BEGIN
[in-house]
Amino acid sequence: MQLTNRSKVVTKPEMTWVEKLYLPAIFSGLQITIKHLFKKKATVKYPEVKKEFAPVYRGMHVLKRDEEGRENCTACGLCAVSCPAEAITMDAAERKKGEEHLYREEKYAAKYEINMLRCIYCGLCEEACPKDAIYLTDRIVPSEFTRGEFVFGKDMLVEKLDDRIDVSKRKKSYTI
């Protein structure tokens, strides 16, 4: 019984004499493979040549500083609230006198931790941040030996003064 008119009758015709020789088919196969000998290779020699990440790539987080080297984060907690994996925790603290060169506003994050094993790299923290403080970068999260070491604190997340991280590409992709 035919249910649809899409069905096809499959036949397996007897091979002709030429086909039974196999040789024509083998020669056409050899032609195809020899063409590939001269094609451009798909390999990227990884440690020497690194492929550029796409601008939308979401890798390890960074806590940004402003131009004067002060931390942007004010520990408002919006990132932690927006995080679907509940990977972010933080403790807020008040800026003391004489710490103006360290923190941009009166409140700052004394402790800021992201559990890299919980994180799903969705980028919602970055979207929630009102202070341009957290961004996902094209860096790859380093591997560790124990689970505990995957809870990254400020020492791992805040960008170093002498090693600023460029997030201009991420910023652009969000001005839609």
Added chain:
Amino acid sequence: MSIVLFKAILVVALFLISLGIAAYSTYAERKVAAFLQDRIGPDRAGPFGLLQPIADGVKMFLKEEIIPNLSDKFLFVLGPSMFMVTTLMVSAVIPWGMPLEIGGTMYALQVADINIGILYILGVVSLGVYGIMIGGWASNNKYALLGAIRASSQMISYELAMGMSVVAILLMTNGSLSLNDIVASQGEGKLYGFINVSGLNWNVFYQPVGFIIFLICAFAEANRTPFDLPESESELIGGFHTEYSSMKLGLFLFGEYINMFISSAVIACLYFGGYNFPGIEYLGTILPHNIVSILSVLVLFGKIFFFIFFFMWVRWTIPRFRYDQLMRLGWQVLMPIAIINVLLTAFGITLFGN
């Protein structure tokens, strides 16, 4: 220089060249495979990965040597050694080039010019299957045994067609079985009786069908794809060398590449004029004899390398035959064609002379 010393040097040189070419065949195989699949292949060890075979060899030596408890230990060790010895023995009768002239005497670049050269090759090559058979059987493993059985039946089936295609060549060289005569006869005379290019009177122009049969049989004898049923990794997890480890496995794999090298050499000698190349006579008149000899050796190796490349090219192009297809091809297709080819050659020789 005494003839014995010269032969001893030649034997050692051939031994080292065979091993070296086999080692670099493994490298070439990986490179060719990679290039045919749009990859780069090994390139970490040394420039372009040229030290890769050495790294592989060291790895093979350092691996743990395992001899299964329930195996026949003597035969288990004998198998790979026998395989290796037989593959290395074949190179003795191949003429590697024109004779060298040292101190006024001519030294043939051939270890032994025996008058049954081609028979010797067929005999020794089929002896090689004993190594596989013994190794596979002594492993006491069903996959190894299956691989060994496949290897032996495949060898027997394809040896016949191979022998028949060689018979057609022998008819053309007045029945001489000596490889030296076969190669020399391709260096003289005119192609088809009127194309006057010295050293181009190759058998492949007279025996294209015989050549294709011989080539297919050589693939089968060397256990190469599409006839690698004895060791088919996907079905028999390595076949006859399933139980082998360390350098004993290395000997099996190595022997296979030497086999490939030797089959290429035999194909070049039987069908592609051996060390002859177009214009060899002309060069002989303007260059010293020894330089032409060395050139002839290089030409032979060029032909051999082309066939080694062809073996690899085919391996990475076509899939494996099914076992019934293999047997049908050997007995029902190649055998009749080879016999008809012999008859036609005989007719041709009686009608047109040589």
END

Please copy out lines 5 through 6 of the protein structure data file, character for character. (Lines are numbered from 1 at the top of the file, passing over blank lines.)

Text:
Amino acid sequence: MSIVLFKAILVVALFLISLGIAAYSTYAERKVAAFLQDRIGPDRAGPFGLLQPIADGVKMFLKEEIIPNLSDKFLFVLGPSMFMVTTLMVSAVIPWGMPLEIGGTMYALQVADINIGILYILGVVSLGVYGIMIGGWASNNKYALLGAIRASSQMISYELAMGMSVVAILLMTNGSLSLNDIVASQGEGKLYGFINVSGLNWNVFYQPVGFIIFLICAFAEANRTPFDLPESESELIGGFHTEYSSMKLGLFLFGEYINMFISSAVIACLYFGGYNFPGIEYLGTILPHNIVSILSVLVLFGKIFFFIFFFMWVRWTIPRFRYDQLMRLGWQVLMPIAIINVLLTAFGITLFGN
């Protein structure tokens, strides 16, 4: 220089060249495979990965040597050694080039010019299957045994067609079985009786069908794809060398590449004029004899390398035959064609002379 010393040097040189070419065949195989699949292949060890075979060899030596408890230990060790010895023995009768002239005497670049050269090759090559058979059987493993059985039946089936295609060549060289005569006869005379290019009177122009049969049989004898049923990794997890480890496995794999090298050499000698190349006579008149000899050796190796490349090219192009297809091809297709080819050659020789 005494003839014995010269032969001893030649034997050692051939031994080292065979091993070296086999080692670099493994490298070439990986490179060719990679290039045919749009990859780069090994390139970490040394420039372009040229030290890769050495790294592989060291790895093979350092691996743990395992001899299964329930195996026949003597035969288990004998198998790979026998395989290796037989593959290395074949190179003795191949003429590697024109004779060298040292101190006024001519030294043939051939270890032994025996008058049954081609028979010797067929005999020794089929002896090689004993190594596989013994190794596979002594492993006491069903996959190894299956691989060994496949290897032996495949060898027997394809040896016949191979022998028949060689018979057609022998008819053309007045029945001489000596490889030296076969190669020399391709260096003289005119192609088809009127194309006057010295050293181009190759058998492949007279025996294209015989050549294709011989080539297919050589693939089968060397256990190469599409006839690698004895060791088919996907079905028999390595076949006859399933139980082998360390350098004993290395000997099996190595022997296979030497086999490939030797089959290429035999194909070049039987069908592609051996060390002859177009214009060899002309060069002989303007260059010293020894330089032409060395050139002839290089030409032979060029032909051999082309066939080694062809073996690899085919391996990475076509899939494996099914076992019934293999047997049908050997007995029902190649055998009749080879016999008809012999008859036609005989007719041709009686009608047109040589």